A bankís net non-core dependence ratio indicates the degree to which the bank is relying on non-core/volatile liabilities to fund long-term earning assets. Generally, a lower ratio results in less risk exposure for the bank, and higher ratios reflect a reliance on funding sources that may not be available in times of financial stress or adverse changes in market conditions. FB had various sources of funding, including established credit lines, federal funds, FHLB advances, brokered deposits, and large time deposits. Although FBís net non-core dependence ratio as of March 31, 2006 was -6.85, indicating no net reliance on non-core funding, the bank became increasingly more reliant on high-cost sources, such as brokered deposits and large time deposits, to support its asset growth (see Table 10, which follows). Further, the bankís access to funding sources became restricted as its financial condition deteriorated. The increased interest expense associated with these funding sources reduced FBís earnings.
Table 10: FBís Non-Core Funding Sources
a Time deposits of $100,000 or more may include brokered deposits.
b FB did not rely on this source to fund the bankís rapid asset growth during 2005 through 2007.
Ultimately, the bankís liquidity position became inadequate as a result of the declining financial condition and access to secondary sources of funds, including FHLB advances and credit facilities. In addition, FB had $22 million in unsecured lines of credit, which were contingent on the bank maintaining a satisfactory financial condition.
Examiner Concerns and Recommendations Regarding Liquidity
From October 2005 to March 2007, examinations consistently determined that the bankís overall liquidity risk management and funding positions were strong or adequate. Accordingly, examiners did not make recommendations related to the bankís liquidity position or funds management. Table 11, which follows, includes examples of examiner comments and recommendations on liquidity.Table 11: Examples of Examiner Comments and Recommendations Regarding Liquidity
* The FDIC conducted visitations concurrently with the OFR examinations.
The May 2006 examination concluded that FB was maintaining adequate liquidity sources and at that time, FB had three backup correspondence lines, $26 million in federal funds sold, which were primarily associated with the bankís recent stock offering, and $1.5 million available from other sources. Examiners reported that the bankís overall cost of funds was 65 basis points higher than its peer group. Assets grew 140 percent during 2006. As of December 31, 2006, the non-core fund dependence ratio was 28 percent compared to 15 percent for FBís peer group.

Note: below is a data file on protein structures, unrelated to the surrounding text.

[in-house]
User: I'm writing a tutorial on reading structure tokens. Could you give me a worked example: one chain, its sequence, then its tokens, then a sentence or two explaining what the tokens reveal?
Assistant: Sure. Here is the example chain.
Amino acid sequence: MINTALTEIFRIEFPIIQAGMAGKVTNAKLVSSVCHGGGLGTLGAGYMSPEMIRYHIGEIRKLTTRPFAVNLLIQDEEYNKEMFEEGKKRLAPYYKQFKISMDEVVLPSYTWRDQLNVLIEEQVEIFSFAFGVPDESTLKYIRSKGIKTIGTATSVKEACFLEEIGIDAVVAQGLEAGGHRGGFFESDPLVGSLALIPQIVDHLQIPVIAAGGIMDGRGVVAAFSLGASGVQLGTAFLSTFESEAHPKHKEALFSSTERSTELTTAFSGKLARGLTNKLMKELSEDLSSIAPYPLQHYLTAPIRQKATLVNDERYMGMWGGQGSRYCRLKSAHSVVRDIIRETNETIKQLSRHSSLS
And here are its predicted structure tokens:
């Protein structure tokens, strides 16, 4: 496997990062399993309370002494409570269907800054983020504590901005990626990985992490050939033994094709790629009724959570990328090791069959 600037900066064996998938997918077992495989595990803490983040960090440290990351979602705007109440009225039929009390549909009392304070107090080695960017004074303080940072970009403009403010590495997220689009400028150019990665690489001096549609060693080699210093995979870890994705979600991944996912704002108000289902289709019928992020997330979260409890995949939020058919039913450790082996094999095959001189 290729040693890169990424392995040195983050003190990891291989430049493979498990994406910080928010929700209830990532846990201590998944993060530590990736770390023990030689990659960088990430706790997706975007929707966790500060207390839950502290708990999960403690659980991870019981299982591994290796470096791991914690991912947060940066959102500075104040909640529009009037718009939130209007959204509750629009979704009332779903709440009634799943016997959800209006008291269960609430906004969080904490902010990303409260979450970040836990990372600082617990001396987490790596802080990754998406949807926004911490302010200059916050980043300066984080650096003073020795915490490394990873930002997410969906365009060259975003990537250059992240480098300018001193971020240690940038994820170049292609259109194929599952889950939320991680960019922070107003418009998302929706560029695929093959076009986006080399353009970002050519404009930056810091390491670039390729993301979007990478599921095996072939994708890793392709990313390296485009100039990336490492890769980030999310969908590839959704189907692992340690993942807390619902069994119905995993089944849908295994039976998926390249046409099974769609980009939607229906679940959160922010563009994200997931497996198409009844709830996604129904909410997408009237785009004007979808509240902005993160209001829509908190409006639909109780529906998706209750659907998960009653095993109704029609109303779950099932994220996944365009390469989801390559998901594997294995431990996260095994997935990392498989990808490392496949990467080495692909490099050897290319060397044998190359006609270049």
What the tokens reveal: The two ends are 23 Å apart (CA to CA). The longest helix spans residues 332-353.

The March 2007 examination and visitation reported that (1) the bank had not generated expected levels of demand (core) deposits, even though the bank opened three branch offices in January 2007 and (2) FB still relied on high-cost non-core funding sources. The March 2007 visitation determined that FBís reliance on time deposits to augment deposit growth was increasing. Combined regular and large time deposits represented over 50 percent of average assets at the end of 2006, compared to 42 percent at the end of 2005. FBís cost of deposits was significantly higher than its peer groupóby 55 basis points.
In March 2008, about 7 months before the bank failed, examiners concluded that the bankís current and projected liquidity position was inadequate, considering the declining financial condition of the bank, which prompted the FHLB and a national bank to withdraw previously extended credit facilities.
When the bankís financial condition began to deteriorate, its access to high-cost funding sources that were dependent on the bank maintaining an acceptable financial condition became reduced; then restricted; and finally, prohibited. For example, although FBís initial application stated that the bank did not plan to solicit brokered
deposits, FB started using brokered deposits extensively to fund its aggressive asset growth in the last quarter of 2006óhaving over $47 million in brokered deposits reported in its UBPR for March 2008ówith a gradual decline due to restrictions placed on the bank when it fell below the well capitalized category for PCA purposes. The March 2008 examination concluded that bank management did not have sufficient access to emergency funds on reasonable terms to meet material deposit withdrawals.